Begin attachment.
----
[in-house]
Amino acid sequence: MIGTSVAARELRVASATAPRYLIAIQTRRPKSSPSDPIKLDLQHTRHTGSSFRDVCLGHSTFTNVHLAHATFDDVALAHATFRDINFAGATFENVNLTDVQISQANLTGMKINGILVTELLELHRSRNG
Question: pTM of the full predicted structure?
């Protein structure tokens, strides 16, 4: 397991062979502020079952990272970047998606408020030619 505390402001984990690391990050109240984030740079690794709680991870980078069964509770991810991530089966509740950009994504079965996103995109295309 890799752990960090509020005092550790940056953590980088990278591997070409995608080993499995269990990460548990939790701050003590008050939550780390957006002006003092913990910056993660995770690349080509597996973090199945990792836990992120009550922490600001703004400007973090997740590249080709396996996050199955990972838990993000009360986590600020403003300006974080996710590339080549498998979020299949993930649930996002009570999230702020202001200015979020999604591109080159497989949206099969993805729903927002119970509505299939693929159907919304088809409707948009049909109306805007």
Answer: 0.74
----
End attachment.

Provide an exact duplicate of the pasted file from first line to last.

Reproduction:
[in-house]
Amino acid sequence: MIGTSVAARELRVASATAPRYLIAIQTRRPKSSPSDPIKLDLQHTRHTGSSFRDVCLGHSTFTNVHLAHATFDDVALAHATFRDINFAGATFENVNLTDVQISQANLTGMKINGILVTELLELHRSRNG
Question: pTM of the full predicted structure?
């Protein structure tokens, strides 16, 4: 397991062979502020079952990272970047998606408020030619 505390402001984990690391990050109240984030740079690794709680991870980078069964509770991810991530089966509740950009994504079965996103995109295309 890799752990960090509020005092550790940056953590980088990278591997070409995608080993499995269990990460548990939790701050003590008050939550780390957006002006003092913990910056993660995770690349080509597996973090199945990792836990992120009550922490600001703004400007973090997740590249080709396996996050199955990972838990993000009360986590600020403003300006974080996710590339080549498998979020299949993930649930996002009570999230702020202001200015979020999604591109080159497989949206099969993805729903927002119970509505299939693929159907919304088809409707948009049909109306805007």
Answer: 0.74